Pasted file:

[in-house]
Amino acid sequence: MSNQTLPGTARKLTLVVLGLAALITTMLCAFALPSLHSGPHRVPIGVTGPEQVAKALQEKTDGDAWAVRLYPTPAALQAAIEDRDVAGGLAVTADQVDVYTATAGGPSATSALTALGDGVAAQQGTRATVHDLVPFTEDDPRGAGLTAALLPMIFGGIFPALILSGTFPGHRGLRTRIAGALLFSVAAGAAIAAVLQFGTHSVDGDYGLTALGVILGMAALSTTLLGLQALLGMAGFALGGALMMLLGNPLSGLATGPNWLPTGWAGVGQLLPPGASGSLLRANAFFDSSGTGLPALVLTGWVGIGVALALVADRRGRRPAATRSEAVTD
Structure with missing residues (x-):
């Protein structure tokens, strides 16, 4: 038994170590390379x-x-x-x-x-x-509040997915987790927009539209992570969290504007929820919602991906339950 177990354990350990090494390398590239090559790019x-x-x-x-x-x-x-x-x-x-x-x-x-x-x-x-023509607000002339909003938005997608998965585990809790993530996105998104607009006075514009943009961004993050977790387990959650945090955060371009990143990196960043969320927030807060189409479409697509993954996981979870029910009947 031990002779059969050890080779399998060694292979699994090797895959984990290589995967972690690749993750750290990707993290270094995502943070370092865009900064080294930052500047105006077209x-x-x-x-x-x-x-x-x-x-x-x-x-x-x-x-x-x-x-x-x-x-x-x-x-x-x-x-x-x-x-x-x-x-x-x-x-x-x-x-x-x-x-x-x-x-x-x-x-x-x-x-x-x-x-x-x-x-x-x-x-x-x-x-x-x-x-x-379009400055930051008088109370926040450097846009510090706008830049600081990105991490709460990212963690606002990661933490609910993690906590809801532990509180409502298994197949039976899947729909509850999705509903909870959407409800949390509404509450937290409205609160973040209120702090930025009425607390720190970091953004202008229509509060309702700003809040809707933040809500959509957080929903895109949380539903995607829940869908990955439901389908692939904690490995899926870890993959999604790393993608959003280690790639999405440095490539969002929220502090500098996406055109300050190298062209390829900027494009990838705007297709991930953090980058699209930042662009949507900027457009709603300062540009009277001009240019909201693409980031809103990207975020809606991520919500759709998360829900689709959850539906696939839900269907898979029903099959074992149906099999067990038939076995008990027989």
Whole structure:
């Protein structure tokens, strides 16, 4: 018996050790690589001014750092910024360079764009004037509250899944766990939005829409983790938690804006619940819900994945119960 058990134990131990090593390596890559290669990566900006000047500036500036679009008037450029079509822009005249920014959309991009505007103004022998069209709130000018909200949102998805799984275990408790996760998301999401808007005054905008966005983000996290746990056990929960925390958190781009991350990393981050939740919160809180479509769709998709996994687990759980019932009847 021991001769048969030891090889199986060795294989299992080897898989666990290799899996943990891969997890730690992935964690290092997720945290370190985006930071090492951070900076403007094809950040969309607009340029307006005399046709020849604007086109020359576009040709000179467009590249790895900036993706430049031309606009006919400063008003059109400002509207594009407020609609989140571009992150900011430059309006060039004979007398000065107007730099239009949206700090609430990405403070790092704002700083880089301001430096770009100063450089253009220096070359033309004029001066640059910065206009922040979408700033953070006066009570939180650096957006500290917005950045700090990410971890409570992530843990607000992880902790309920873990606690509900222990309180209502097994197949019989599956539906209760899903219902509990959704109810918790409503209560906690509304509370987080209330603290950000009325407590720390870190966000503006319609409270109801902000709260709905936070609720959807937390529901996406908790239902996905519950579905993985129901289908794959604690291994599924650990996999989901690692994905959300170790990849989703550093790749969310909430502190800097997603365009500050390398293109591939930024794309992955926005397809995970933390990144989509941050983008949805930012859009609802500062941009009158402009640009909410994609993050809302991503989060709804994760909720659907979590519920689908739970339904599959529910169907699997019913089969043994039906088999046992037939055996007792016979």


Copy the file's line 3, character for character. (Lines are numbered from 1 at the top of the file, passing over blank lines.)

Structure with missing residues (x-):